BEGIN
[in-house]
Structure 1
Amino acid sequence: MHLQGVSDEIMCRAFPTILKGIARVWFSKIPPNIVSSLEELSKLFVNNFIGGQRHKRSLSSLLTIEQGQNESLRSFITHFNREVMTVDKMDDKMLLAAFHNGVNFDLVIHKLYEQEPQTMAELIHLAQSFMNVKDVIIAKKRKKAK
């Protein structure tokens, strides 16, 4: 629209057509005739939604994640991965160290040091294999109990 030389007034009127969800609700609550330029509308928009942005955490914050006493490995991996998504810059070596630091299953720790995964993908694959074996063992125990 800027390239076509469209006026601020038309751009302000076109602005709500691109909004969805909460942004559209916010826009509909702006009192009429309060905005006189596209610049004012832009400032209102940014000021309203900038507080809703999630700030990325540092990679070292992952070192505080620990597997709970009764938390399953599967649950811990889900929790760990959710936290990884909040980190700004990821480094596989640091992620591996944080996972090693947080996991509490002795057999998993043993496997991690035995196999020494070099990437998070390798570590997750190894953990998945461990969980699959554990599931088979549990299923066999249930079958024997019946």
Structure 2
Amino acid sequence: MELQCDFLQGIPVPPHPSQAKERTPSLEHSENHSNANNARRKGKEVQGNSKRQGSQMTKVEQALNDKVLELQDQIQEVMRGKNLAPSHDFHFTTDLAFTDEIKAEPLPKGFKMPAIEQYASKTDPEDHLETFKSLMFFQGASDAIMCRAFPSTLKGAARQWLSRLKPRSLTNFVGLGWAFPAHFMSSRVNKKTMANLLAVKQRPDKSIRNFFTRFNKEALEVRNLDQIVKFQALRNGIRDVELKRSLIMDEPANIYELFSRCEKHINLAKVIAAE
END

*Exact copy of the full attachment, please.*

[in-house]
Structure 1
Amino acid sequence: MHLQGVSDEIMCRAFPTILKGIARVWFSKIPPNIVSSLEELSKLFVNNFIGGQRHKRSLSSLLTIEQGQNESLRSFITHFNREVMTVDKMDDKMLLAAFHNGVNFDLVIHKLYEQEPQTMAELIHLAQSFMNVKDVIIAKKRKKAK
């Protein structure tokens, strides 16, 4: 629209057509005739939604994640991965160290040091294999109990 030389007034009127969800609700609550330029509308928009942005955490914050006493490995991996998504810059070596630091299953720790995964993908694959074996063992125990 800027390239076509469209006026601020038309751009302000076109602005709500691109909004969805909460942004559209916010826009509909702006009192009429309060905005006189596209610049004012832009400032209102940014000021309203900038507080809703999630700030990325540092990679070292992952070192505080620990597997709970009764938390399953599967649950811990889900929790760990959710936290990884909040980190700004990821480094596989640091992620591996944080996972090693947080996991509490002795057999998993043993496997991690035995196999020494070099990437998070390798570590997750190894953990998945461990969980699959554990599931088979549990299923066999249930079958024997019946």
Structure 2
Amino acid sequence: MELQCDFLQGIPVPPHPSQAKERTPSLEHSENHSNANNARRKGKEVQGNSKRQGSQMTKVEQALNDKVLELQDQIQEVMRGKNLAPSHDFHFTTDLAFTDEIKAEPLPKGFKMPAIEQYASKTDPEDHLETFKSLMFFQGASDAIMCRAFPSTLKGAARQWLSRLKPRSLTNFVGLGWAFPAHFMSSRVNKKTMANLLAVKQRPDKSIRNFFTRFNKEALEVRNLDQIVKFQALRNGIRDVELKRSLIMDEPANIYELFSRCEKHINLAKVIAAE